|Blackwood Canyon vineyard|
|we called this area the North Face, as it was solid ice|
We were all cyclists and all active so we wanted to get a little fresh air and exercise on the drive over to the eastside. As the appointed Recreation Leader for the group, I chose the Umtanum Creek Falls hike, just outside of Ellensburg and a short, nearly flat 3-mile jaunt to a 40-foot waterfall. I had read reports on the WTA site that the area near the falls could be icy in winter, but that was only a small part of the dangers on the trail.
|Umtanum Creek Falls|
|despite the snow, there were signs of spring|
At 5:30 pm, the wine tasting began and with it a nice dinner which wasn't over until nearly 10pm, at which point we had sampled nearly 20 different varieties of wine and our friend, Bruce, had won the double Magnum for being a wine expert. Leaving the winery, I felt a little like I was on an icy hike, gliding over the parking lot, a full pirouette toward the car (driven by someone less intoxicated).
|Bruce proudly displays his prize|
After a night of difficult sleep (not enough wine to pass out, but too much to sleep peacefully), we woke to snow flurries and some aches and pains from the previous day's antics (on the ice, I presumed). First on the agenda was breakfast, then to Starbucks, a welcome change from wine. What was in the works for the day's schedule... more wine tasting!
First stop was to Chinook Winery in Prosser which opened their wine-tasting room for us specifically. They poured a Cabernet Franc, Semillon and a couple others (who can keep this stuff straight – it's wine). The Semillon was nice and, since it was marked 50% off, I bought a bottle, figuring that was my contribution to Washington Wines. Then we set off toward Benton City, to a winery I had been to about 15 years ago and had not had even one sip of their wines since I finished my last bottle, not long after returning home from the tasting.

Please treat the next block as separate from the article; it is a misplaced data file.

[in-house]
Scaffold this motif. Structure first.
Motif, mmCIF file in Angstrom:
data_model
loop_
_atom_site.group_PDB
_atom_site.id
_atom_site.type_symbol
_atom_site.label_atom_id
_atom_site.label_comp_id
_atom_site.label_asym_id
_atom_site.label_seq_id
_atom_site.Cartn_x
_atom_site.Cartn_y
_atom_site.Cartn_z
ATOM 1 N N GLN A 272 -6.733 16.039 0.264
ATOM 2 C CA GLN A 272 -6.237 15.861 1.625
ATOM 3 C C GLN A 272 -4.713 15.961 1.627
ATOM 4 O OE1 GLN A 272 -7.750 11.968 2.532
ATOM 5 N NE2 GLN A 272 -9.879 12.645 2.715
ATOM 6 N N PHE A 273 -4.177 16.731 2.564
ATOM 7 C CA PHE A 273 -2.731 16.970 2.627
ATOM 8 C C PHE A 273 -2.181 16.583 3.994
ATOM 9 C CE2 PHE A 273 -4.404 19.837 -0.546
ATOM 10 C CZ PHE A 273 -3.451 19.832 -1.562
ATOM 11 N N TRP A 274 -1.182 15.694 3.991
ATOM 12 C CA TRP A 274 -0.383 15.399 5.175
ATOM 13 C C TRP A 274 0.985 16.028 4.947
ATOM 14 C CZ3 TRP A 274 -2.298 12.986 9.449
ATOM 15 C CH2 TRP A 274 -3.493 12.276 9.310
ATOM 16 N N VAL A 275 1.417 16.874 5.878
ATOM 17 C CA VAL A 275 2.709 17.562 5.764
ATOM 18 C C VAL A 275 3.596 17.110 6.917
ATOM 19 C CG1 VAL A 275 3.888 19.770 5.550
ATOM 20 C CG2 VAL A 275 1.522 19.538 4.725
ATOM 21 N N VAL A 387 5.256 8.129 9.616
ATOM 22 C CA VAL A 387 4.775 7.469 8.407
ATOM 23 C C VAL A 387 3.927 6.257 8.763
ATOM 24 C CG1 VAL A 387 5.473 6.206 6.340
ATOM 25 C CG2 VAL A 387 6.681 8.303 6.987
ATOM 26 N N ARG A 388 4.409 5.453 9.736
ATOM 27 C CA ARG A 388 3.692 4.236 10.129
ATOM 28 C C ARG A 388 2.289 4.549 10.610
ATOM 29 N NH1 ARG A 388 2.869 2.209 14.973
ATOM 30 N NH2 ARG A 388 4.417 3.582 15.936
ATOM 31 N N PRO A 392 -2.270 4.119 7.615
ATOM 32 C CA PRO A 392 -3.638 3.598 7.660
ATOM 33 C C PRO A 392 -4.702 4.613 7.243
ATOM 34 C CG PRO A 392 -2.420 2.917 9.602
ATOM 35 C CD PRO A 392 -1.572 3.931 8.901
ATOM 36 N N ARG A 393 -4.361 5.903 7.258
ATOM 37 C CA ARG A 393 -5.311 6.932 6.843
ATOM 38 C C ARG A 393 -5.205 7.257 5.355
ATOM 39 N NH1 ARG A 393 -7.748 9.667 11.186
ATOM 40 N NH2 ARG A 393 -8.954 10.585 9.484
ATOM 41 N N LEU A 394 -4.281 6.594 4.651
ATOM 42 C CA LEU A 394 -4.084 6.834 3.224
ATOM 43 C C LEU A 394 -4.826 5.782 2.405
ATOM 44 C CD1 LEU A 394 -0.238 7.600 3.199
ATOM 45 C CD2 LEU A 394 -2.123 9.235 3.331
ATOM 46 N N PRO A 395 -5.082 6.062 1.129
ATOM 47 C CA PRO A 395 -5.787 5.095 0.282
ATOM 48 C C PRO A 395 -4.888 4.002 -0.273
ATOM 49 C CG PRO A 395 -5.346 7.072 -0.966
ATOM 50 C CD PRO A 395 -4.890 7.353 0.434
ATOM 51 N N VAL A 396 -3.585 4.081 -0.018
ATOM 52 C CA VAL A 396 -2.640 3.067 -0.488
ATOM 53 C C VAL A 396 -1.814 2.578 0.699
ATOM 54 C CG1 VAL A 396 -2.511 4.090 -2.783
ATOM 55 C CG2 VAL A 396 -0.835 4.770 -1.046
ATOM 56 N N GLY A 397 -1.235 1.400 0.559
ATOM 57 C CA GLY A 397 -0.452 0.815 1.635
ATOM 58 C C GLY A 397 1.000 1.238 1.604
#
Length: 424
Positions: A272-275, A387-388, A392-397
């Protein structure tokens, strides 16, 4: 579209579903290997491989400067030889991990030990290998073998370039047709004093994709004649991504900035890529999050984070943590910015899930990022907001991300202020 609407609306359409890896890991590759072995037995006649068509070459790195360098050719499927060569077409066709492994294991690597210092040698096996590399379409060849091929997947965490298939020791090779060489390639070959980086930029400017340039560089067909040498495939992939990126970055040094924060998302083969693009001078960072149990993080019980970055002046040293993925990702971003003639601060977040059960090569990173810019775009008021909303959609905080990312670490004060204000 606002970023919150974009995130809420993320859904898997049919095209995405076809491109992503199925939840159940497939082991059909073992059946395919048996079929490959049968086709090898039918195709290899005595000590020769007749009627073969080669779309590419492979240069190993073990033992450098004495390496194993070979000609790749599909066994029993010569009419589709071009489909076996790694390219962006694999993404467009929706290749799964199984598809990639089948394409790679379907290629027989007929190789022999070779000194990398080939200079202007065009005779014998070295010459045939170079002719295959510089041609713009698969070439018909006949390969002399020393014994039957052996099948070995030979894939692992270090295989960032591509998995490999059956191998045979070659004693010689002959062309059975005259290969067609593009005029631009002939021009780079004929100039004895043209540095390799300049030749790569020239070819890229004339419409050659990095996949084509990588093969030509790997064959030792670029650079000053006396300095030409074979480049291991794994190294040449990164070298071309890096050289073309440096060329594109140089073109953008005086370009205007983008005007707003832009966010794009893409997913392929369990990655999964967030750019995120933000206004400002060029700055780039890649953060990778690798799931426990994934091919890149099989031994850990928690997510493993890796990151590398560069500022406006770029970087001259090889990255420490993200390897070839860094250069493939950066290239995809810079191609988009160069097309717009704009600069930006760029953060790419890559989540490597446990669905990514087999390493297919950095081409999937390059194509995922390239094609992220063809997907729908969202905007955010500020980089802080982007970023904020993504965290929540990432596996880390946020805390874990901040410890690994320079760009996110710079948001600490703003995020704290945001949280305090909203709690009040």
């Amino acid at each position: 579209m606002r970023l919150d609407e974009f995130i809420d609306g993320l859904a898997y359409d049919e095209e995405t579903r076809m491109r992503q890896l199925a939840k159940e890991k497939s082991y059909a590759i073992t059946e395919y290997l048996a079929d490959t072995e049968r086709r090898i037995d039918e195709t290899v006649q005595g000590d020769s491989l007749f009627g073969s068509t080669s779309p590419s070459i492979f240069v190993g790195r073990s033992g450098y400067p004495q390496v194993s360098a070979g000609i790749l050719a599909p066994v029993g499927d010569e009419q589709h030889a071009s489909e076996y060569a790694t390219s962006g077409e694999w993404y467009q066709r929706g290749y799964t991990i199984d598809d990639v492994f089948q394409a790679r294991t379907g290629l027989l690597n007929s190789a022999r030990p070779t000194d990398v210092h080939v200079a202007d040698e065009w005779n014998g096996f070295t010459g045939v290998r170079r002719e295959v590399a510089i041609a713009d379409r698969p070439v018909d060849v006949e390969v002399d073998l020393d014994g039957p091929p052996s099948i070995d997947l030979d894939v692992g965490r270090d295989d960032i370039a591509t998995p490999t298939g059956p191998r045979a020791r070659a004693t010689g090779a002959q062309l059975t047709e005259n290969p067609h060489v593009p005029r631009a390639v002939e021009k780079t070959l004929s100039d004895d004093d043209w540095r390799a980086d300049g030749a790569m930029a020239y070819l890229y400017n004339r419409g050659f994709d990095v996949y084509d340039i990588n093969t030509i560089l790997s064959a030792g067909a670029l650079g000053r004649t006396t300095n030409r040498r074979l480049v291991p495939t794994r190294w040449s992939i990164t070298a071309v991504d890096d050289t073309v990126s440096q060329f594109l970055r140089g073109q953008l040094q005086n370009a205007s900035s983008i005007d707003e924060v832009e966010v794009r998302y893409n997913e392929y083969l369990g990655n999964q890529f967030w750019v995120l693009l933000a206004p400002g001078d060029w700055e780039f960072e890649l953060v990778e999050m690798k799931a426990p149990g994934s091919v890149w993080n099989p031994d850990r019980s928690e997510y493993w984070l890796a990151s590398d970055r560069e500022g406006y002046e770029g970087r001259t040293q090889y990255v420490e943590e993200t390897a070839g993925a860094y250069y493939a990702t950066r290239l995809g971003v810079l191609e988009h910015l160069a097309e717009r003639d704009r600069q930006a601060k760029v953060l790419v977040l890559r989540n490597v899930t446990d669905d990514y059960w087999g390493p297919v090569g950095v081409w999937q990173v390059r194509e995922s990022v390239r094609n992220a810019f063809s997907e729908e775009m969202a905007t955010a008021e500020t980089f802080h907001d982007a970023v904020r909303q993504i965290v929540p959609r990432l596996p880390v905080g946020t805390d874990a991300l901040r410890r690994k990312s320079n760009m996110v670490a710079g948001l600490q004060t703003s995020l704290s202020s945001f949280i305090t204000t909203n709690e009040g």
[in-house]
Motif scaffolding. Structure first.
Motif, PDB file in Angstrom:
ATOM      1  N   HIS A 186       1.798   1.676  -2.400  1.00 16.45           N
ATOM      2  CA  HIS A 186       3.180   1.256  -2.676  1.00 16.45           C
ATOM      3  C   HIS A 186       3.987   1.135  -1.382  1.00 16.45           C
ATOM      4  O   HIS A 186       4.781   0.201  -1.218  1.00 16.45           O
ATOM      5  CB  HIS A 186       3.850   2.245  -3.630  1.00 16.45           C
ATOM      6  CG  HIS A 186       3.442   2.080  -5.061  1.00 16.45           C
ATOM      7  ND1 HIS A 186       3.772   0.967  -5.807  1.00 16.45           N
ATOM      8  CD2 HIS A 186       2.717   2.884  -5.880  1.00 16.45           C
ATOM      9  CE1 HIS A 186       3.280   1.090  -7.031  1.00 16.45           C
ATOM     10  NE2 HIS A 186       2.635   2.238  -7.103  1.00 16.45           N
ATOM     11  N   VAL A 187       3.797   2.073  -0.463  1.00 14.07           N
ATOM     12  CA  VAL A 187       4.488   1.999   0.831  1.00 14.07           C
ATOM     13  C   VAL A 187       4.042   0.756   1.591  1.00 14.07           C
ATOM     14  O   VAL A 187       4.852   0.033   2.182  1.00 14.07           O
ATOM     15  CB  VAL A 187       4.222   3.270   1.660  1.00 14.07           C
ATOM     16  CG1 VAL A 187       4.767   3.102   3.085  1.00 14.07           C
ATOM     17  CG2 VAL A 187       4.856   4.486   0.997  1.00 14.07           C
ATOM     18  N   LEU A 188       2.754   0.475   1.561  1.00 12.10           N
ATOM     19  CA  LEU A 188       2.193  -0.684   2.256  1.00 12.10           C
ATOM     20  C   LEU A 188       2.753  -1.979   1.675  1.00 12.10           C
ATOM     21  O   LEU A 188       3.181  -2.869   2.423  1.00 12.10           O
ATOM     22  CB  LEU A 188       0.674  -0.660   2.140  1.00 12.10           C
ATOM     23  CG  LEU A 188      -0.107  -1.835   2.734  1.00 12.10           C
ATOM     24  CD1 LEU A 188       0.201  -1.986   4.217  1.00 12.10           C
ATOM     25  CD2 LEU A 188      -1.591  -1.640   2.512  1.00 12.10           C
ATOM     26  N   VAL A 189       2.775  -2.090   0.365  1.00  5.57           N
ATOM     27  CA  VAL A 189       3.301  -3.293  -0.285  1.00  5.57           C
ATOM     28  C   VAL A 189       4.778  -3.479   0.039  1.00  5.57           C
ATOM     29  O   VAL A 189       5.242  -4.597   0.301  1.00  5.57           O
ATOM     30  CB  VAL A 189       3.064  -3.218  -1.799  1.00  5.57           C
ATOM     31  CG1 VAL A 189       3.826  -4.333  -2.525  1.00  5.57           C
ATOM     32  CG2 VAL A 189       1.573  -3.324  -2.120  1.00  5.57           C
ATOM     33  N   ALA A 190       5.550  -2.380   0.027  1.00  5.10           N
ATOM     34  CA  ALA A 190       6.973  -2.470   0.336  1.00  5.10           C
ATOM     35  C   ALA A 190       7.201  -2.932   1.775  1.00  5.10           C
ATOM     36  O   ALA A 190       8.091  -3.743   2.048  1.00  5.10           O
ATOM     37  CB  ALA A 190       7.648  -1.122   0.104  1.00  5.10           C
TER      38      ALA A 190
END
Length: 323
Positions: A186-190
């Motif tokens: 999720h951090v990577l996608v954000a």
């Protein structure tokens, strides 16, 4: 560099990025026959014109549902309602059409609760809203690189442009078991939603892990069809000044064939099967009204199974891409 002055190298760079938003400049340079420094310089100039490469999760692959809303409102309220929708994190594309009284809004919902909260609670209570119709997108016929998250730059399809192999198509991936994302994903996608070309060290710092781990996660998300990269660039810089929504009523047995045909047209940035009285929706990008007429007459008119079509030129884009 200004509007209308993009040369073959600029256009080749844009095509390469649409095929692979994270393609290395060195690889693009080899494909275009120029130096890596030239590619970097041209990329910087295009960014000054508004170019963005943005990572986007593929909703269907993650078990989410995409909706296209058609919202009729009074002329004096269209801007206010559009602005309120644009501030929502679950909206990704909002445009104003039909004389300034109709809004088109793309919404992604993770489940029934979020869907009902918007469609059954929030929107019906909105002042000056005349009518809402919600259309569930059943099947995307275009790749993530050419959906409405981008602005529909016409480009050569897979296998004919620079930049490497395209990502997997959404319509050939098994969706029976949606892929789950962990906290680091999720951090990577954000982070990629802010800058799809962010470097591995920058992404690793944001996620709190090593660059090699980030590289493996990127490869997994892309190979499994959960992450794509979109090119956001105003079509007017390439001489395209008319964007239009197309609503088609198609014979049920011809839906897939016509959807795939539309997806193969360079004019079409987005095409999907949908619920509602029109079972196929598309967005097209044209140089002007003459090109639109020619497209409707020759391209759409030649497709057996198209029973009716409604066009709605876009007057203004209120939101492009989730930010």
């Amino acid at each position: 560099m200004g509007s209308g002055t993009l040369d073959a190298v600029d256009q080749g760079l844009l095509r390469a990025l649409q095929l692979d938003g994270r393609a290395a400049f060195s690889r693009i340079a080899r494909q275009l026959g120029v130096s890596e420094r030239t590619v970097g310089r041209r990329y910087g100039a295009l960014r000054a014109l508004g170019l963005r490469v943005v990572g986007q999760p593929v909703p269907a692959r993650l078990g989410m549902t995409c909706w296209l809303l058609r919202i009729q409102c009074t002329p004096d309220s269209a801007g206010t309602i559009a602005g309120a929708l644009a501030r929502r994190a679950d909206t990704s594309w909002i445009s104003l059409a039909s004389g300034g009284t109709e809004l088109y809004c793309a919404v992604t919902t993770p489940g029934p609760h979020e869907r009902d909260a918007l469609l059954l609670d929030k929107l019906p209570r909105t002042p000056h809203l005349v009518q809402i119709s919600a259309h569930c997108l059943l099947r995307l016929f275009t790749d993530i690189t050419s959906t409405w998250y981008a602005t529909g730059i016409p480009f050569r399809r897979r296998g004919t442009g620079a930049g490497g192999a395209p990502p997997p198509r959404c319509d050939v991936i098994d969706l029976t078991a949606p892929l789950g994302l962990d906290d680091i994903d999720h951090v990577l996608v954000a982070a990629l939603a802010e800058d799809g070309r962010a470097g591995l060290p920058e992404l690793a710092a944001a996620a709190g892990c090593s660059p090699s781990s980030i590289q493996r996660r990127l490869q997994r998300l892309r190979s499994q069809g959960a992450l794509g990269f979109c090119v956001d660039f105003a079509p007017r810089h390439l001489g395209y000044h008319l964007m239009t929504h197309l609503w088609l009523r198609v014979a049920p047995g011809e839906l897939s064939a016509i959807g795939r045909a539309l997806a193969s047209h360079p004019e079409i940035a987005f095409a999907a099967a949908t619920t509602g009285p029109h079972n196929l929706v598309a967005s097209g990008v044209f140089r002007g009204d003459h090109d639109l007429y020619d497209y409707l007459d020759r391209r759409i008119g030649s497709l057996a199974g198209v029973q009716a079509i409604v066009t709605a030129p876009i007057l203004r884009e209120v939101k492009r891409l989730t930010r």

Blackwood Canyon is well-known for a few things. Most importantly, they produce incredible wines. They also produce their wines and age them much differently than most anywhere else in the US, or even the world. But the owner is known as an eccentric and, in contrast with the stainless steel and scrubbed chemistry lab of Mercer Estates, this winery looked like the home of a mad scientist. Old computers, papers scattered about, stacks of this and that, starkly different in every way from the order and sterile environment of the winery we had seen the evening before.
No matter, we still wanted to taste his wines and, for a $10 tasting fee, had a sample of each variety of his offerings, over 10 wines total. They were damn good. They were amazing. The wines had layers, they brought out the taste in the bites of food he served us (that he procured from somewhere amongst the chaos) and the food brought out more flavor in the wine. Two and a half hours later, we all stumbled out (mostly from fatigue brought on by the previous day), some with a case of wine, me with a couple of bottles. We were facing a long drive home and it turned out it was a very quiet drive (we were tired and hungry) and cramped (all the extra space had become occupied by wine bottles). It began snowing lightly outside of Cle Elum where we had stopped for dinner. As we passed a sanding truck on I-90, I thought, oh no, not more ice! But the rest of the journey was dry (pun intended, as I also refrained from any alcohol for the week following my return).